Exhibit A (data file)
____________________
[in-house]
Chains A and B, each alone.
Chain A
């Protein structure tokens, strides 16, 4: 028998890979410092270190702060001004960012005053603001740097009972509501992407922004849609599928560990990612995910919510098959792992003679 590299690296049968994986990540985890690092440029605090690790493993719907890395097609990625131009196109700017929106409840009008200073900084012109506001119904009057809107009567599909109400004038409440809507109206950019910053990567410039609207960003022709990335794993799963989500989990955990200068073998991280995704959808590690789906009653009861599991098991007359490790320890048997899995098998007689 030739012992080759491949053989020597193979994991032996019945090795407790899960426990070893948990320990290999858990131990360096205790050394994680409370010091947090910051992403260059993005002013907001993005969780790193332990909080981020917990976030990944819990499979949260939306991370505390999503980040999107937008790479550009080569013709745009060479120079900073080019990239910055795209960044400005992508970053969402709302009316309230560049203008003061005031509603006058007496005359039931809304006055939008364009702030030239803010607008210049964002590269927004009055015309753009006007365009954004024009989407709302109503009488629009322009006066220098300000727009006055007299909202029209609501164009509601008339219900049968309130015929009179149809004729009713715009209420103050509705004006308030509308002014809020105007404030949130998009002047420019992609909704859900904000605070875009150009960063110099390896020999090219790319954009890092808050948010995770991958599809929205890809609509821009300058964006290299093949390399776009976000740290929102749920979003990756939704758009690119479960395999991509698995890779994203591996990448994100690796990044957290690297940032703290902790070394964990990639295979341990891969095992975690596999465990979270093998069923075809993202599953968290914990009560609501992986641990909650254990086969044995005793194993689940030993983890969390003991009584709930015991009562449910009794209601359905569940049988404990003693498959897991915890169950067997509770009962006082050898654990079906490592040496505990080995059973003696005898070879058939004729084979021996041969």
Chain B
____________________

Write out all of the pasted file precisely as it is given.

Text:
[in-house]
Chains A and B, each alone.
Chain A
């Protein structure tokens, strides 16, 4: 028998890979410092270190702060001004960012005053603001740097009972509501992407922004849609599928560990990612995910919510098959792992003679 590299690296049968994986990540985890690092440029605090690790493993719907890395097609990625131009196109700017929106409840009008200073900084012109506001119904009057809107009567599909109400004038409440809507109206950019910053990567410039609207960003022709990335794993799963989500989990955990200068073998991280995704959808590690789906009653009861599991098991007359490790320890048997899995098998007689 030739012992080759491949053989020597193979994991032996019945090795407790899960426990070893948990320990290999858990131990360096205790050394994680409370010091947090910051992403260059993005002013907001993005969780790193332990909080981020917990976030990944819990499979949260939306991370505390999503980040999107937008790479550009080569013709745009060479120079900073080019990239910055795209960044400005992508970053969402709302009316309230560049203008003061005031509603006058007496005359039931809304006055939008364009702030030239803010607008210049964002590269927004009055015309753009006007365009954004024009989407709302109503009488629009322009006066220098300000727009006055007299909202029209609501164009509601008339219900049968309130015929009179149809004729009713715009209420103050509705004006308030509308002014809020105007404030949130998009002047420019992609909704859900904000605070875009150009960063110099390896020999090219790319954009890092808050948010995770991958599809929205890809609509821009300058964006290299093949390399776009976000740290929102749920979003990756939704758009690119479960395999991509698995890779994203591996990448994100690796990044957290690297940032703290902790070394964990990639295979341990891969095992975690596999465990979270093998069923075809993202599953968290914990009560609501992986641990909650254990086969044995005793194993689940030993983890969390003991009584709930015991009562449910009794209601359905569940049988404990003693498959897991915890169950067997509770009962006082050898654990079906490592040496505990080995059973003696005898070879058939004729084979021996041969």
Chain B